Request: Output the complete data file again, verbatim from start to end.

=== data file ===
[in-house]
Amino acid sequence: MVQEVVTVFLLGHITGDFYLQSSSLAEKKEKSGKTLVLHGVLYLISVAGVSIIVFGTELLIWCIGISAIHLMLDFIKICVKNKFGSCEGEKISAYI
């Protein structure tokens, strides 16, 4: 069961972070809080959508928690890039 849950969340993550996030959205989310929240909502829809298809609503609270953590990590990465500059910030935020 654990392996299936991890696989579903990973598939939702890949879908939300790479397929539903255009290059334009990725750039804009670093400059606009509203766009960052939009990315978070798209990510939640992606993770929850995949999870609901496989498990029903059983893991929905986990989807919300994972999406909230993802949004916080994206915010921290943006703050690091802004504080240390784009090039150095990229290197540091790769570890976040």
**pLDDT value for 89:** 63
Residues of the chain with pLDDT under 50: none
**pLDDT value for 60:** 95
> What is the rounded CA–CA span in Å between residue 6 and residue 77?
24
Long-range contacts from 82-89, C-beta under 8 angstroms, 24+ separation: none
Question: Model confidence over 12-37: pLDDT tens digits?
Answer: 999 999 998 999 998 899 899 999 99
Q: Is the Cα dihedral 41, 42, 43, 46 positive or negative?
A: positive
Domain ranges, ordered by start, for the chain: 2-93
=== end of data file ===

[in-house]
Amino acid sequence: MVQEVVTVFLLGHITGDFYLQSSSLAEKKEKSGKTLVLHGVLYLISVAGVSIIVFGTELLIWCIGISAIHLMLDFIKICVKNKFGSCEGEKISAYI
């Protein structure tokens, strides 16, 4: 069961972070809080959508928690890039 849950969340993550996030959205989310929240909502829809298809609503609270953590990590990465500059910030935020 654990392996299936991890696989579903990973598939939702890949879908939300790479397929539903255009290059334009990725750039804009670093400059606009509203766009960052939009990315978070798209990510939640992606993770929850995949999870609901496989498990029903059983893991929905986990989807919300994972999406909230993802949004916080994206915010921290943006703050690091802004504080240390784009090039150095990229290197540091790769570890976040």
**pLDDT value for 89:** 63
Residues of the chain with pLDDT under 50: none
**pLDDT value for 60:** 95
> What is the rounded CA–CA span in Å between residue 6 and residue 77?
24
Long-range contacts from 82-89, C-beta under 8 angstroms, 24+ separation: none
Question: Model confidence over 12-37: pLDDT tens digits?
Answer: 999 999 998 999 998 899 899 999 99
Q: Is the Cα dihedral 41, 42, 43, 46 positive or negative?
A: positive
Domain ranges, ordered by start, for the chain: 2-93